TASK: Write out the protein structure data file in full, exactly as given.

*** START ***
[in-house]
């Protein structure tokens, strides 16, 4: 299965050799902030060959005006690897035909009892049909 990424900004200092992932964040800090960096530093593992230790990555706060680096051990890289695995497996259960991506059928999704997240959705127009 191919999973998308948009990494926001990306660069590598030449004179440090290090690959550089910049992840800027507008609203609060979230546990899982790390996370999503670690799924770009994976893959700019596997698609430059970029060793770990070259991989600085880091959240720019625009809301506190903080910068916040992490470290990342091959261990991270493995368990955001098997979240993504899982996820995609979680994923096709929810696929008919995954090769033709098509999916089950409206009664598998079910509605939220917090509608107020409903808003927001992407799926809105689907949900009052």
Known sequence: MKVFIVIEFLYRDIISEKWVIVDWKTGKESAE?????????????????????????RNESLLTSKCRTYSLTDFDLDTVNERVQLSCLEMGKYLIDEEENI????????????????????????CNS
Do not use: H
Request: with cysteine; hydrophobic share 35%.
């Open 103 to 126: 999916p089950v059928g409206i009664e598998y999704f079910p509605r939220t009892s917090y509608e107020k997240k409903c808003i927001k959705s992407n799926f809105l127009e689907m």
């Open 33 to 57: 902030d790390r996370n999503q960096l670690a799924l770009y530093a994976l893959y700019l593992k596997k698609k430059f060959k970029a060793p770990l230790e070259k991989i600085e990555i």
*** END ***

[in-house]
């Protein structure tokens, strides 16, 4: 299965050799902030060959005006690897035909009892049909 990424900004200092992932964040800090960096530093593992230790990555706060680096051990890289695995497996259960991506059928999704997240959705127009 191919999973998308948009990494926001990306660069590598030449004179440090290090690959550089910049992840800027507008609203609060979230546990899982790390996370999503670690799924770009994976893959700019596997698609430059970029060793770990070259991989600085880091959240720019625009809301506190903080910068916040992490470290990342091959261990991270493995368990955001098997979240993504899982996820995609979680994923096709929810696929008919995954090769033709098509999916089950409206009664598998079910509605939220917090509608107020409903808003927001992407799926809105689907949900009052």
Known sequence: MKVFIVIEFLYRDIISEKWVIVDWKTGKESAE?????????????????????????RNESLLTSKCRTYSLTDFDLDTVNERVQLSCLEMGKYLIDEEENI????????????????????????CNS
Do not use: H
Request: with cysteine; hydrophobic share 35%.
């Open 103 to 126: 999916p089950v059928g409206i009664e598998y999704f079910p509605r939220t009892s917090y509608e107020k997240k409903c808003i927001k959705s992407n799926f809105l127009e689907m």
């Open 33 to 57: 902030d790390r996370n999503q960096l670690a799924l770009y530093a994976l893959y700019l593992k596997k698609k430059f060959k970029a060793p770990l230790e070259k991989i600085e990555i």